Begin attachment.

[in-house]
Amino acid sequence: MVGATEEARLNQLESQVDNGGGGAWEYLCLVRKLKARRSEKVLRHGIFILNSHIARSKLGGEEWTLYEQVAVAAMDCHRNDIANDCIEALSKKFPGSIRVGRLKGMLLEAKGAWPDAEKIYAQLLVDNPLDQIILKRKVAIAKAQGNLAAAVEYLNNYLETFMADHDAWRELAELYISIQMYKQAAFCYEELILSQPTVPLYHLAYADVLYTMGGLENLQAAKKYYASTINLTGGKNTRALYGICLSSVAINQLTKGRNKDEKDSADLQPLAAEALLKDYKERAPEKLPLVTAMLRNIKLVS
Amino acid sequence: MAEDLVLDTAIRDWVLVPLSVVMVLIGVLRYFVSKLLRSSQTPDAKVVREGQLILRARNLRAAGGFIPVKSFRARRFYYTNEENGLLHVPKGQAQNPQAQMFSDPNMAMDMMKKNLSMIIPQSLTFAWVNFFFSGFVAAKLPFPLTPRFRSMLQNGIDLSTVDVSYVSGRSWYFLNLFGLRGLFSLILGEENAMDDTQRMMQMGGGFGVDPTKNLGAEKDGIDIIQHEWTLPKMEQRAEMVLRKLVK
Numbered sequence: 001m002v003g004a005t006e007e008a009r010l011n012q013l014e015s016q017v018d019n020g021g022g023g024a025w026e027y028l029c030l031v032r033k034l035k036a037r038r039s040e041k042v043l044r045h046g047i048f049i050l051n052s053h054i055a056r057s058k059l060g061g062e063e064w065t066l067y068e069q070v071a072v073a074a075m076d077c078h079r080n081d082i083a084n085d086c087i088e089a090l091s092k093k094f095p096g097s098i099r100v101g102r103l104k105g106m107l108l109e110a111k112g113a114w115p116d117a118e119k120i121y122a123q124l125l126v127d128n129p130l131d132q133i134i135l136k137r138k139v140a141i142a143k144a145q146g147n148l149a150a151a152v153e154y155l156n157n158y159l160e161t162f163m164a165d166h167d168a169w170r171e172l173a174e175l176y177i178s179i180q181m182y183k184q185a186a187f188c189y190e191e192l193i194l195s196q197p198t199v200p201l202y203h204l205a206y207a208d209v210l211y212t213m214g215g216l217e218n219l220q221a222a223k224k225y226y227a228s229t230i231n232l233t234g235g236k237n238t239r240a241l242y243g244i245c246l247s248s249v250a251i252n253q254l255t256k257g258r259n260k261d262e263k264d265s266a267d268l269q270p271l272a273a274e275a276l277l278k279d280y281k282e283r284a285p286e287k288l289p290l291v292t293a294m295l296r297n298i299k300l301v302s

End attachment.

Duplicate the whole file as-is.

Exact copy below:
[in-house]
Amino acid sequence: MVGATEEARLNQLESQVDNGGGGAWEYLCLVRKLKARRSEKVLRHGIFILNSHIARSKLGGEEWTLYEQVAVAAMDCHRNDIANDCIEALSKKFPGSIRVGRLKGMLLEAKGAWPDAEKIYAQLLVDNPLDQIILKRKVAIAKAQGNLAAAVEYLNNYLETFMADHDAWRELAELYISIQMYKQAAFCYEELILSQPTVPLYHLAYADVLYTMGGLENLQAAKKYYASTINLTGGKNTRALYGICLSSVAINQLTKGRNKDEKDSADLQPLAAEALLKDYKERAPEKLPLVTAMLRNIKLVS
Amino acid sequence: MAEDLVLDTAIRDWVLVPLSVVMVLIGVLRYFVSKLLRSSQTPDAKVVREGQLILRARNLRAAGGFIPVKSFRARRFYYTNEENGLLHVPKGQAQNPQAQMFSDPNMAMDMMKKNLSMIIPQSLTFAWVNFFFSGFVAAKLPFPLTPRFRSMLQNGIDLSTVDVSYVSGRSWYFLNLFGLRGLFSLILGEENAMDDTQRMMQMGGGFGVDPTKNLGAEKDGIDIIQHEWTLPKMEQRAEMVLRKLVK
Numbered sequence: 001m002v003g004a005t006e007e008a009r010l011n012q013l014e015s016q017v018d019n020g021g022g023g024a025w026e027y028l029c030l031v032r033k034l035k036a037r038r039s040e041k042v043l044r045h046g047i048f049i050l051n052s053h054i055a056r057s058k059l060g061g062e063e064w065t066l067y068e069q070v071a072v073a074a075m076d077c078h079r080n081d082i083a084n085d086c087i088e089a090l091s092k093k094f095p096g097s098i099r100v101g102r103l104k105g106m107l108l109e110a111k112g113a114w115p116d117a118e119k120i121y122a123q124l125l126v127d128n129p130l131d132q133i134i135l136k137r138k139v140a141i142a143k144a145q146g147n148l149a150a151a152v153e154y155l156n157n158y159l160e161t162f163m164a165d166h167d168a169w170r171e172l173a174e175l176y177i178s179i180q181m182y183k184q185a186a187f188c189y190e191e192l193i194l195s196q197p198t199v200p201l202y203h204l205a206y207a208d209v210l211y212t213m214g215g216l217e218n219l220q221a222a223k224k225y226y227a228s229t230i231n232l233t234g235g236k237n238t239r240a241l242y243g244i245c246l247s248s249v250a251i252n253q254l255t256k257g258r259n260k261d262e263k264d265s266a267d268l269q270p271l272a273a274e275a276l277l278k279d280y281k282e283r284a285p286e287k288l289p290l291v292t293a294m295l296r297n298i299k300l301v302s